Besides these 18 species, two others have been described by Mr. Jerdon from the Neilghierries, as Cr. cachinnans (Madr. Jl., No. XXV, 255, and there figured), and Cr. Delleserti (Ibid, 256); but I am unaware of any having been observed on the Malabar range, nor is any species noticed in Mr. Eyton's catalogue of a large collection of birdskins from the Malay peninsula (P. Z. S., 1839, 101. et seq.); neither among the Turdi (comprising various modern genera) of Dr. Horsfield's list of Javanese birds (Lin. Trans., XIII, 147, et seq.), and the ijumatran species referred to Tardus by Sir Stamford Raffles (ibid, 309 et seq.), does there seem to be one appertaining to this genus. The Cr. Reinwardii, again, figured in Swainson's Illustrations, and which was formerly understood to have been received from some part of the Indian archipelago, has since proved to be an inhabitant of Western Africa, as noticed with three other species from that locality in the 7th Ornithological volume of the Naturalist's Library. Nevertheless, it an hardly be supposed but that many species inhabit the interior upland districts of the regions adverted to.*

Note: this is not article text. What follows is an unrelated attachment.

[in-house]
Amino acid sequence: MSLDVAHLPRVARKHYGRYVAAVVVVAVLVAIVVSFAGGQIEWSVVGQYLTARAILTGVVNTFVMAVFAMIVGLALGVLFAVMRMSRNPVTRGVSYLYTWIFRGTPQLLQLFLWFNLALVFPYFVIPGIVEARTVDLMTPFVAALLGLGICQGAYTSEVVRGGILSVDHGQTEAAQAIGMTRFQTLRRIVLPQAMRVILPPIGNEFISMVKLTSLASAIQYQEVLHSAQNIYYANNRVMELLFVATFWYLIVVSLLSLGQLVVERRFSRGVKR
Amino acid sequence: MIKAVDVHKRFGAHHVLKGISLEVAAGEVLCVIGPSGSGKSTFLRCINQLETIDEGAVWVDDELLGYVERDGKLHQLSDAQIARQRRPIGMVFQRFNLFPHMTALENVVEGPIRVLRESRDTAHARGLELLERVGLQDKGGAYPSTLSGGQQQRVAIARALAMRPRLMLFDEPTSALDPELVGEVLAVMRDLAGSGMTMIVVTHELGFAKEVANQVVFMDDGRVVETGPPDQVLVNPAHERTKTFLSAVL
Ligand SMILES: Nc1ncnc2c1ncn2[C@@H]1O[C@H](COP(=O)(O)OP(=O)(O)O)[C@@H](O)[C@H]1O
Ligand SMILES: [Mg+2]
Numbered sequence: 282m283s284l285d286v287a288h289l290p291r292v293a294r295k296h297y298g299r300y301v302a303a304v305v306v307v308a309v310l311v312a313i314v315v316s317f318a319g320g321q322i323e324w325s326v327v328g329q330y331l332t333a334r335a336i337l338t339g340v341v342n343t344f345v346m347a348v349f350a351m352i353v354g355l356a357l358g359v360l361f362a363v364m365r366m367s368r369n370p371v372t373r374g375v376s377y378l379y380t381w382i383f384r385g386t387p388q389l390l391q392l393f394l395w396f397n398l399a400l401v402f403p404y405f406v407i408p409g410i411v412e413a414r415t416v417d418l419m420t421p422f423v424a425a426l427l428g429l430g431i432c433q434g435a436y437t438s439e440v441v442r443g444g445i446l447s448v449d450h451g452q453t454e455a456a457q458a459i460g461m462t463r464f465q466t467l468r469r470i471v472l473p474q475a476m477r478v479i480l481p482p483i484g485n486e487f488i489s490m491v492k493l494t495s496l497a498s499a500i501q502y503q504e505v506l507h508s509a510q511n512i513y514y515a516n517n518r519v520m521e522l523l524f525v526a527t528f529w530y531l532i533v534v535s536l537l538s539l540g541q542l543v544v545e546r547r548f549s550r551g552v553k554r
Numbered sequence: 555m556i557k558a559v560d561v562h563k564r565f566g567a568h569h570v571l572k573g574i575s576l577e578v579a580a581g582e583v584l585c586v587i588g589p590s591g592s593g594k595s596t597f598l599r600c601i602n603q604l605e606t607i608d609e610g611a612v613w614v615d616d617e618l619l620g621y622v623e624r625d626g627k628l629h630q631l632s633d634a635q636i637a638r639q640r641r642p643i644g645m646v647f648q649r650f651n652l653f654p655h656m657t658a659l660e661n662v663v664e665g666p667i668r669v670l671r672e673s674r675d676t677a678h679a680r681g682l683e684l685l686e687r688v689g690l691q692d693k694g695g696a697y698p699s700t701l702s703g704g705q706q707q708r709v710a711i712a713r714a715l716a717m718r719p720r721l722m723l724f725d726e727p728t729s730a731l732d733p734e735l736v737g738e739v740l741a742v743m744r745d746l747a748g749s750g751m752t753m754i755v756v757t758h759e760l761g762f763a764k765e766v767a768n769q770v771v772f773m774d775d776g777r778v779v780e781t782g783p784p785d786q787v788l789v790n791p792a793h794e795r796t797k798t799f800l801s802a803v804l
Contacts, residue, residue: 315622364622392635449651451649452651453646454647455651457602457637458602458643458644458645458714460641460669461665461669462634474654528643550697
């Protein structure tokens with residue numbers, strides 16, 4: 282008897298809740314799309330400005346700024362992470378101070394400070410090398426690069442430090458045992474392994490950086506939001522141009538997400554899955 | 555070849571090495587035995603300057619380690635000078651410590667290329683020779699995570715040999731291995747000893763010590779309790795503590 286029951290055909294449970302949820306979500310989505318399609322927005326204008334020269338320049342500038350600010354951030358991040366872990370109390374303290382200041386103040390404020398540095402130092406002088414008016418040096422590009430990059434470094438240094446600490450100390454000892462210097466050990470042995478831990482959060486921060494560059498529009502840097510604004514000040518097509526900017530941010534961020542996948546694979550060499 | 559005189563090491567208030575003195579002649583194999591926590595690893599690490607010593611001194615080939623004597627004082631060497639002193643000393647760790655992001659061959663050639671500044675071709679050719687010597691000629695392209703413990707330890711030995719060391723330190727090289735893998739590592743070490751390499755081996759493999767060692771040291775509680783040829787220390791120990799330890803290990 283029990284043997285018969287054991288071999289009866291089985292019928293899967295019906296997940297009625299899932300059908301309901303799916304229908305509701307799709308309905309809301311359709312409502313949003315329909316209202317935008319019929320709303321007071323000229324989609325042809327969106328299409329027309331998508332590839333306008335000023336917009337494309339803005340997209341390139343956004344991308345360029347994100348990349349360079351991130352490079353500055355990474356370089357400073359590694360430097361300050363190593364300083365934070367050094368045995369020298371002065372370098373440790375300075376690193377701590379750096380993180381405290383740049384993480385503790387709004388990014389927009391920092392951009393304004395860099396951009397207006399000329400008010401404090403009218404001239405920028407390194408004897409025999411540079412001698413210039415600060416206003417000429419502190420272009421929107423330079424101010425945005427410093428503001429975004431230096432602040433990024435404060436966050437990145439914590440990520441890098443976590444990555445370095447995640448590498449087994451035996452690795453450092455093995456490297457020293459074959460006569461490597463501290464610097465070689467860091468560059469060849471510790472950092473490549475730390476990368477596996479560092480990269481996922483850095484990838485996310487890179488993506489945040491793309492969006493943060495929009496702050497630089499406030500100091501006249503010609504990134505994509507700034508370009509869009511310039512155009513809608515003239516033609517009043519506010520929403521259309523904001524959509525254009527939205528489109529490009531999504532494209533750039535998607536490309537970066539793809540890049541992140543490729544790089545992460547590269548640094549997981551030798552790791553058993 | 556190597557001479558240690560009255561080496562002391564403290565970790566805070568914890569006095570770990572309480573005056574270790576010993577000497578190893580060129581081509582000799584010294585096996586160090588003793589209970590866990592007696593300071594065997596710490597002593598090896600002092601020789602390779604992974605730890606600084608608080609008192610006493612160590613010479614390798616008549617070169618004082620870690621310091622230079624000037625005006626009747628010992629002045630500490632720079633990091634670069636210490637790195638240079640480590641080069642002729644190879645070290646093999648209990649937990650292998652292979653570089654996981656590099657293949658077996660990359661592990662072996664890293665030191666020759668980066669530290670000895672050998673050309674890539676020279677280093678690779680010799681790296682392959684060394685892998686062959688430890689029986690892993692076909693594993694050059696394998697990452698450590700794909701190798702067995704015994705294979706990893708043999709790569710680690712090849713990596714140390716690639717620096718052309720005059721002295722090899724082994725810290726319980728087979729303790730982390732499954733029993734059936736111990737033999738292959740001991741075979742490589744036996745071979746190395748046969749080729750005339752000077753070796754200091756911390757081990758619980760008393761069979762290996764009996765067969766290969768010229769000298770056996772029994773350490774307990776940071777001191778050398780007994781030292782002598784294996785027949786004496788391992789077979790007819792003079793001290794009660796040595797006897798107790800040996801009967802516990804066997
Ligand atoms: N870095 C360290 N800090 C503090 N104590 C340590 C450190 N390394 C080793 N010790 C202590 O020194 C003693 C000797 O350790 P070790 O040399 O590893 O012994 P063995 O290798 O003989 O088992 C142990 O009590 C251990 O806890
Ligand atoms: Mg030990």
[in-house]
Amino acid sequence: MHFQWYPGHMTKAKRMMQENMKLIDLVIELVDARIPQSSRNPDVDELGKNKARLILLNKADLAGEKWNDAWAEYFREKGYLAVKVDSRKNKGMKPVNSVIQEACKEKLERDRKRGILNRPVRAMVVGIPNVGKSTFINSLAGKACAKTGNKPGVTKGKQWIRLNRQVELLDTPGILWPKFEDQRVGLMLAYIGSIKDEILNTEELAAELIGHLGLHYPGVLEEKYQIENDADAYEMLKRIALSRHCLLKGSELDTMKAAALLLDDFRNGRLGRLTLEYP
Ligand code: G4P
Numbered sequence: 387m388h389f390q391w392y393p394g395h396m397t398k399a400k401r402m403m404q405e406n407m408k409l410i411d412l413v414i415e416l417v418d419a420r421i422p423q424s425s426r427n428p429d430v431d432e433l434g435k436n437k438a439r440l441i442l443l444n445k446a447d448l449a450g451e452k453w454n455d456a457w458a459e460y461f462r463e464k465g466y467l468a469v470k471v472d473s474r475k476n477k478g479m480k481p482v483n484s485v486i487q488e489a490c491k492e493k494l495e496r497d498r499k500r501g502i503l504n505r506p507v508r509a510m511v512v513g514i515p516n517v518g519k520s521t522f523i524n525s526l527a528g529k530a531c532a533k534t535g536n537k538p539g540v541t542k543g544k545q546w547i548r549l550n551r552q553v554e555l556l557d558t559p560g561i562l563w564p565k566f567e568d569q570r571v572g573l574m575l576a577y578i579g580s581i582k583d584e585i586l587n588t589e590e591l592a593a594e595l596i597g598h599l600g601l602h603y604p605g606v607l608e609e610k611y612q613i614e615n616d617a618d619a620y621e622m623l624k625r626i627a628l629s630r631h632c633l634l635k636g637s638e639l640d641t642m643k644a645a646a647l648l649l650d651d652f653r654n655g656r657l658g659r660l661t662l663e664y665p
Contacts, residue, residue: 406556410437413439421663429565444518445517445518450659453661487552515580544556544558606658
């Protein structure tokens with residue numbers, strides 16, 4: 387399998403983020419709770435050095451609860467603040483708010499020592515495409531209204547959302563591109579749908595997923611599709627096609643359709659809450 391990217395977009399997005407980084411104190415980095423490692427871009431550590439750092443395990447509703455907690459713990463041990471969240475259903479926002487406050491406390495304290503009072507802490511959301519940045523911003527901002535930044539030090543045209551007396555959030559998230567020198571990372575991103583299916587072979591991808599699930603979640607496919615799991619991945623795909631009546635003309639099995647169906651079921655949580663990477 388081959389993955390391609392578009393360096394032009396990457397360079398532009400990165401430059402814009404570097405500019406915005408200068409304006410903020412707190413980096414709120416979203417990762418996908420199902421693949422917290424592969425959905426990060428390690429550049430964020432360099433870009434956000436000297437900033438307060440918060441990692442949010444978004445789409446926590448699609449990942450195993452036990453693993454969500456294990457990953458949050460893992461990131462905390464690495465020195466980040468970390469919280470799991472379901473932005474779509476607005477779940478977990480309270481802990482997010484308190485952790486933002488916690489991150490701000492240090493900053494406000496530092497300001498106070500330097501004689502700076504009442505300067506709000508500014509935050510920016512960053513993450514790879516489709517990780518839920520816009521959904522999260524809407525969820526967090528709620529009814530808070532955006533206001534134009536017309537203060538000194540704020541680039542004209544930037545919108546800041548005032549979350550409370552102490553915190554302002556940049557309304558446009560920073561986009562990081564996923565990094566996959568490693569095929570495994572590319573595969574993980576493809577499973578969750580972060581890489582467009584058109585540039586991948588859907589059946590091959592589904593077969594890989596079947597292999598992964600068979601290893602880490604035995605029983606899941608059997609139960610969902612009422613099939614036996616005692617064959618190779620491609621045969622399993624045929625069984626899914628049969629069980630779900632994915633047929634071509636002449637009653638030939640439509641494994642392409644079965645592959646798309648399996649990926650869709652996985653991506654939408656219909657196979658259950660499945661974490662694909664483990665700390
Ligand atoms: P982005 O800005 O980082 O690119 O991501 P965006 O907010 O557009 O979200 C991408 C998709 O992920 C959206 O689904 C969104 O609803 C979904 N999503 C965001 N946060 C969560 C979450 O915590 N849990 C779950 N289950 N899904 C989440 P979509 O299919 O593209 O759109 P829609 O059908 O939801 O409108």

CMidium, Nobis. The genus Cinclidia, Gould (P. Z. S., 1837, 236), being identical with Pellornium of Swainson, I transfer the former name (with a slight alteration) to a nearly allied form, characterized as follows. Bill shorter than the head, straight, slender, higher than broad, the ridge of the upper mandible tolerably acute, and its tip very slightly emarginated; inferior gonys ascending for the terminal half, imparting to the bill the appearance of a tendency to bend upward: aval apertures an elongate-oval fissure in the lateral nasal membrane, and partially impended by the short semi-reflected frontal feathers: gape armed with a few small setae. Wings and tail rounded, the 4th, 5th, and 6th primaries equal and longest. Legs and toes slender, the tarsi smooth and unscutellate, and very long, as is also the middle toe; claws but moderately curved, and of little more than mean length. Plumage light, soft, and full, having a scale-like appearance on the crown, breast, and belly.